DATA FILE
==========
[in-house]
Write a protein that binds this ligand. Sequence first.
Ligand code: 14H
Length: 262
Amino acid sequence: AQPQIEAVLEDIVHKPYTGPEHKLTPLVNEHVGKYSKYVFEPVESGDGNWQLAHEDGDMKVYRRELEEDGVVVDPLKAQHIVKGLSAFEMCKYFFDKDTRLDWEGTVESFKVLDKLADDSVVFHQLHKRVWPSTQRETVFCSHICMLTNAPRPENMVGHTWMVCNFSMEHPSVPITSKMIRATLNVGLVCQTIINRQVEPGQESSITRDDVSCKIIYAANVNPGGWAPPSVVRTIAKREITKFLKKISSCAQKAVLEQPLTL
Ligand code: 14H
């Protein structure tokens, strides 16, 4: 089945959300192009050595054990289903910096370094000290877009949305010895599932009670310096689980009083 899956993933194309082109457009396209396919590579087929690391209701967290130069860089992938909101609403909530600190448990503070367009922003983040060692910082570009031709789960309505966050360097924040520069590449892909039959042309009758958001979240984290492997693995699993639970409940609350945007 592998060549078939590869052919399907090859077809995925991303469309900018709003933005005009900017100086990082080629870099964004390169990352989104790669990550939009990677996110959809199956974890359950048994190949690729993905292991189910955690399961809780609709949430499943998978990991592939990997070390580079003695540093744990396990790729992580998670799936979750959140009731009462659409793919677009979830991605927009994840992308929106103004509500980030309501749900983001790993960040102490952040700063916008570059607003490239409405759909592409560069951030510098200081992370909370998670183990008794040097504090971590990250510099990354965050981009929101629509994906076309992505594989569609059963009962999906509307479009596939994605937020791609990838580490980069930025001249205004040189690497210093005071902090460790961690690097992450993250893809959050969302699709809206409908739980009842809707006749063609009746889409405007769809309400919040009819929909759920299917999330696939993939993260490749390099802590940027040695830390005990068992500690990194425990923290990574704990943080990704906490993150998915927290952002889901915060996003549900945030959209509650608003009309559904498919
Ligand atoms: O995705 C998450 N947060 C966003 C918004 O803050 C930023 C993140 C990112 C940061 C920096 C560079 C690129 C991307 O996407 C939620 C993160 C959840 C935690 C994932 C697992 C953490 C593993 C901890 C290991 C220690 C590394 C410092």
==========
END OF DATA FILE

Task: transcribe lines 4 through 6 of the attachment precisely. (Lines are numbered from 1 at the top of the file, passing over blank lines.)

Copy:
Length: 262
Amino acid sequence: AQPQIEAVLEDIVHKPYTGPEHKLTPLVNEHVGKYSKYVFEPVESGDGNWQLAHEDGDMKVYRRELEEDGVVVDPLKAQHIVKGLSAFEMCKYFFDKDTRLDWEGTVESFKVLDKLADDSVVFHQLHKRVWPSTQRETVFCSHICMLTNAPRPENMVGHTWMVCNFSMEHPSVPITSKMIRATLNVGLVCQTIINRQVEPGQESSITRDDVSCKIIYAANVNPGGWAPPSVVRTIAKREITKFLKKISSCAQKAVLEQPLTL
Ligand code: 14H